For glass held in with putty you will need:
- A hammer
- A chisel or alternative to remove old putty
- Small tacks to hold new glass in
- A tape measure
- A new pane of glass
For glass that is held in with glazing beads you will need:
- A hammer
- A chisel or alternative to remove glazing beads
- Pincers or pliers
- A tape measure
- A new pane of glass
- Putty, silicone, or caulk
It may be easier to remove the door of window and lay flat, but it isn’t always practical.
Removal and fitting of glass in a putted window or door
Firstly you need to remove any loose and large pieces of glass, it is a good idea to apply masking tape to the broken glass (carefully) so that as you remove the glass another piece doesn’t fall out. Once the loose glass is removed you need to remove the old putty from the frame, do this carefully with a hammer and chisel, taking care not to cut into the frame.
Ensure all putty is removed as any hard bits left can cause problems as you put the new glass in, and even crack the new glass. Remove any old tacks that held the glass in also.
Once all the old glass,putty and any tacks are removed, clear up, dispose of the old glass safely and remove dust and debris from the frame. A vacuum maybe useful to pick up any small bits of debris.
Now you can measure up for the new glass, of you haven’t done so already. Measure the width, height and thickness of the old glass, then you can either cut some glass yourself or go to a merchant and get them to cut some glass to size for you. The glass should be slightly smaller than the frame it is going in.
Now you are ready to fit the new glass, it is best to remove all the putty from the tub and put onto a board and knead like it is bread, this will mix in any linseed oil back into the putty and also warm it slightly to make it easier to use.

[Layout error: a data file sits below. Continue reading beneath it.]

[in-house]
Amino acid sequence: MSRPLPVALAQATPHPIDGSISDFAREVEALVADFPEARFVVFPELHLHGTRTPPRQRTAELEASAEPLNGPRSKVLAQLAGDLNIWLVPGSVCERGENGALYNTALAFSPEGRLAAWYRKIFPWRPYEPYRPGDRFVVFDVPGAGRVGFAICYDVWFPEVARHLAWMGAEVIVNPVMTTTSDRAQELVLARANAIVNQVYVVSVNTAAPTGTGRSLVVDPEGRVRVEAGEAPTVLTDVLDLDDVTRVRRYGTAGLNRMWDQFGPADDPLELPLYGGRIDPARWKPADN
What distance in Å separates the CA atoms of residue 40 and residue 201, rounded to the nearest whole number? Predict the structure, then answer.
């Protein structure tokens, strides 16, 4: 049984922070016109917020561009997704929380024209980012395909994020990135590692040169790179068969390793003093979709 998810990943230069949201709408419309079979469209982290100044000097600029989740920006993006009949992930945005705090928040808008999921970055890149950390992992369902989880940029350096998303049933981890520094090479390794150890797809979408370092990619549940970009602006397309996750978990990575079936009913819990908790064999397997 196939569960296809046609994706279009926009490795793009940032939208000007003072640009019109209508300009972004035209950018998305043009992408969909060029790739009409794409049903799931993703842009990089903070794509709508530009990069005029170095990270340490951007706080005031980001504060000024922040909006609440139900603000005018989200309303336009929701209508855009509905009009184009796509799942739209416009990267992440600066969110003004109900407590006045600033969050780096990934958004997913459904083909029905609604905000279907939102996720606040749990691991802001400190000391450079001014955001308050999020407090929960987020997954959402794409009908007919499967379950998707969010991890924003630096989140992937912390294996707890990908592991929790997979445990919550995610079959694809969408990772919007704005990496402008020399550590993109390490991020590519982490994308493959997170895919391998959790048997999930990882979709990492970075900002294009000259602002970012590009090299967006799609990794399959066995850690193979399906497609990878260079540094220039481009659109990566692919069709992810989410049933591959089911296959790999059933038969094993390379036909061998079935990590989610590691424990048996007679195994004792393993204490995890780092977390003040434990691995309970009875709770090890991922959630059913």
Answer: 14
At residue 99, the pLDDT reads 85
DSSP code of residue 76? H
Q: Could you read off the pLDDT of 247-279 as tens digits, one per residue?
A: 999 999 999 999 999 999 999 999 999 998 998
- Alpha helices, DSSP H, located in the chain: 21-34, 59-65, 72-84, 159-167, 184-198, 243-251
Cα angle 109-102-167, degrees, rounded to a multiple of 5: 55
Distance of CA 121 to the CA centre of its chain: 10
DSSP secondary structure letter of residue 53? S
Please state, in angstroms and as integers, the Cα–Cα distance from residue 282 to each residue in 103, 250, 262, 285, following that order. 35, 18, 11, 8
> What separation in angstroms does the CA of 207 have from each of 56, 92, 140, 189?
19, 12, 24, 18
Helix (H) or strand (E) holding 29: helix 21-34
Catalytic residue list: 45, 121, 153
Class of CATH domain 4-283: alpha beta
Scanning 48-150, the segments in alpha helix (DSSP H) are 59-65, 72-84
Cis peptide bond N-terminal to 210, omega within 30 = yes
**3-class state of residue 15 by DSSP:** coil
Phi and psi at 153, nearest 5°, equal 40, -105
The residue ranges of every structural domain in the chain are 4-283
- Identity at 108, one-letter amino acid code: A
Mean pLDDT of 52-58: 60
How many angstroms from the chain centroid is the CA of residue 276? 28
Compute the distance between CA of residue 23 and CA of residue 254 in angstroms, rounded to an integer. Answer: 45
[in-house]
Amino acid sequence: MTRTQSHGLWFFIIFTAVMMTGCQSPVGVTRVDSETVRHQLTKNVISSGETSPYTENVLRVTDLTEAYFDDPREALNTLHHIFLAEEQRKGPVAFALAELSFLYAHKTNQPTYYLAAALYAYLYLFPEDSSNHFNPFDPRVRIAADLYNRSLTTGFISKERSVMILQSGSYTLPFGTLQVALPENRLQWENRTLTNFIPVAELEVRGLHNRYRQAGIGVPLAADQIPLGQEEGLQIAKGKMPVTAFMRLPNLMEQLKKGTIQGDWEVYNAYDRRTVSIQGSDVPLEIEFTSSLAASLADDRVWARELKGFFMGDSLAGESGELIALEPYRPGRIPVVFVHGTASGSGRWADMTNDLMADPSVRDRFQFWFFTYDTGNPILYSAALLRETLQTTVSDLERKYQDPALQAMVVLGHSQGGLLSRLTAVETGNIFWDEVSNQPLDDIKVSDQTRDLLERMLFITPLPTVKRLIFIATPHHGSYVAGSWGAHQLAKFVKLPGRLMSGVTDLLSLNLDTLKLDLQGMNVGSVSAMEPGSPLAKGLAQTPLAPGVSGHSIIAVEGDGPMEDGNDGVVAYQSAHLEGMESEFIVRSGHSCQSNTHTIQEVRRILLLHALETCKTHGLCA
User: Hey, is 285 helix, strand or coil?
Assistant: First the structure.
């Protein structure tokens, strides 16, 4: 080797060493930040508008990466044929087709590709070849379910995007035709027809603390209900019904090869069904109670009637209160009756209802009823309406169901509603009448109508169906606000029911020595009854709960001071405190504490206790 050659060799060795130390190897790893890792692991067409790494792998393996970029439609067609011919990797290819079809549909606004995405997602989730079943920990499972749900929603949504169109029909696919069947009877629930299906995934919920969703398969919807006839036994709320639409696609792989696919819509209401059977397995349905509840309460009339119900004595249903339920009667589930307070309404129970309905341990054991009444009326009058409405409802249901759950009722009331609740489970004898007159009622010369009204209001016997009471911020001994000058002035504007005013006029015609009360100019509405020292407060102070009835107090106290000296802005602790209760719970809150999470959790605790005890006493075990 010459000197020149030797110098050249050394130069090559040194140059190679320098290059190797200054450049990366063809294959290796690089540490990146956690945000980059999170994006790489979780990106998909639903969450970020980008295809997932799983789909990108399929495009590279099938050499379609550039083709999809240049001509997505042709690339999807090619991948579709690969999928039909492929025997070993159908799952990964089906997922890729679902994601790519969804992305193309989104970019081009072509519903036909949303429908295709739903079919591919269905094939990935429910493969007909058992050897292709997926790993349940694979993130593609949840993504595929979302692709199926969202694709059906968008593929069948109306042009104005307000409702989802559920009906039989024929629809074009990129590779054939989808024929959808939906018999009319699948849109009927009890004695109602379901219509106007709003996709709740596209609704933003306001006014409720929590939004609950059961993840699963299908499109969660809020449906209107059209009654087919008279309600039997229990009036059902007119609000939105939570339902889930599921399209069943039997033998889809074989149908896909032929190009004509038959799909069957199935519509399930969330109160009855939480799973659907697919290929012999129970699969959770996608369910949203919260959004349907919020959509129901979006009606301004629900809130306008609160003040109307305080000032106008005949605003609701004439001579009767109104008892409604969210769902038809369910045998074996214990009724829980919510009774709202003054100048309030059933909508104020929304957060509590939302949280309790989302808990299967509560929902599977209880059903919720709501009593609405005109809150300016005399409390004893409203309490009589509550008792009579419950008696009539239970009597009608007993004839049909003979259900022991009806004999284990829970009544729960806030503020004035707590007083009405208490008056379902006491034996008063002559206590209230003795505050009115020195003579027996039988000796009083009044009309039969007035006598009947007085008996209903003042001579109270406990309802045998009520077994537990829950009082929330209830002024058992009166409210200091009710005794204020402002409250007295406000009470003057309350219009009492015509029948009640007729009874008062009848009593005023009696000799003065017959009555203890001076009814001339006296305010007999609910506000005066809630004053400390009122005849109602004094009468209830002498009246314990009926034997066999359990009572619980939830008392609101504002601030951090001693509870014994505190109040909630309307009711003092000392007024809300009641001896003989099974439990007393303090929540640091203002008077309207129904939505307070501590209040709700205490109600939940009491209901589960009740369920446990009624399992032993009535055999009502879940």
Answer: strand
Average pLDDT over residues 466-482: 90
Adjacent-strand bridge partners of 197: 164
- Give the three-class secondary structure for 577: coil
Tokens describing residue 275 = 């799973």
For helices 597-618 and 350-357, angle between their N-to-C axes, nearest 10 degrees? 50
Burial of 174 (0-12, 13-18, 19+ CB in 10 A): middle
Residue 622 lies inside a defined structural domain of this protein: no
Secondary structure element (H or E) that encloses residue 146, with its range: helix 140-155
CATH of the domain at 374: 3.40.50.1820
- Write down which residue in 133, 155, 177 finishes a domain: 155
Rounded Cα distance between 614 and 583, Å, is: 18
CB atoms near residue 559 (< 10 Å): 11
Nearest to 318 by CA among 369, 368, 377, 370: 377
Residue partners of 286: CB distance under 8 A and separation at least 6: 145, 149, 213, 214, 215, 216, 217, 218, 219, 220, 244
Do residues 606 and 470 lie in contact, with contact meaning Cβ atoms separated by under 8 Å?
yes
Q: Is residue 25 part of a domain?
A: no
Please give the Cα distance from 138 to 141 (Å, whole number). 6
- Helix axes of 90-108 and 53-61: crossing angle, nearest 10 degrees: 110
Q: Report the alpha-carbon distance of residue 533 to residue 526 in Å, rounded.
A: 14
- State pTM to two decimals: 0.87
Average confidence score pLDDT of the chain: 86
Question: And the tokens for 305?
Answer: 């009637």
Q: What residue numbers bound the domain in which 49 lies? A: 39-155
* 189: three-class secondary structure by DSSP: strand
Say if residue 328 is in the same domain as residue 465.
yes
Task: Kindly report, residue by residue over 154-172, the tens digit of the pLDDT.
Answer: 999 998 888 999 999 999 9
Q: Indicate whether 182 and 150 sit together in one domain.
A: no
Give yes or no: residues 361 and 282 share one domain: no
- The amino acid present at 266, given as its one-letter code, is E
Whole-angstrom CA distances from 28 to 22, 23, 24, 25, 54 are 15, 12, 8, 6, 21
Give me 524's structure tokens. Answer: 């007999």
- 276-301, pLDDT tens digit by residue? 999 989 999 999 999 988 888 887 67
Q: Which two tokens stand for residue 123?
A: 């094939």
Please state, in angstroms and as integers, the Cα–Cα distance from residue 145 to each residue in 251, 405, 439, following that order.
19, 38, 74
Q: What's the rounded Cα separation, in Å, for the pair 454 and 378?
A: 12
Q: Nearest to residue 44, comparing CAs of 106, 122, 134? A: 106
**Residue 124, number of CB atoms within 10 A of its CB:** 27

When this is done you can apply some putty to the frame, do this only on the edge the glass sits in. Then put the new glass in the frame, gently push the glass into the frame and making a seal with the new putty. Put some tacks in to hold the glass in place. clean of excess putty from inside frame.
Now you need to apply putty to the frame and smooth off giving an angled bead all around the glass with mitred corners.
Once you have glazed the frame, leave it alone, allow the putty to dry for a day before touching it at all, and a week or more before applying paint.
Removal and fitting of glass in a beaded window or door
You should remove any large pieces of glass, place masking tape of the glass to help prevent more glass falling out as you remove one piece, once all the broken glass is removed you can start to remove the glazing beads.
Take a hammer and chisel and gentle prize up the bead from the frame. You should be able to pull the nails out with pincers or pliers. Be very careful not to break the beading as it can be re-used. Make a note where each bead came from so that you can replace them into the same place.
Now measure for the glass allowing some movement, so 2-3mm smaller on each side. Either cut the glass to size yourself or get a merchant to do it for you. Now you have the glass the correct size you are ready to fit it.
Ensure the frame is clear from debris, use either a brush to dust or vacuum cleaner. The depending on situation and preference you need to apply putty, silicone (this can not be painted over) or caulk or the frame where the glass touches, then push the glass into position, pushing gently onto the glass to seal it against either the putty, silicone or caulk.
You can now start replacing the glazing beads, it is best to start at the bottom, put the bead into place and push it against the glass, lift the glass slightly off of the bottom of the frame and then put a nail into the bead to hold it tight, don’t hammer it all the way in just in case you need to adjust or remove the bead. Now add the second bead in the same way, and finally the two remaining beads. Once you are happy you can hammer all the nails all the way in and fill the holes ready for painting.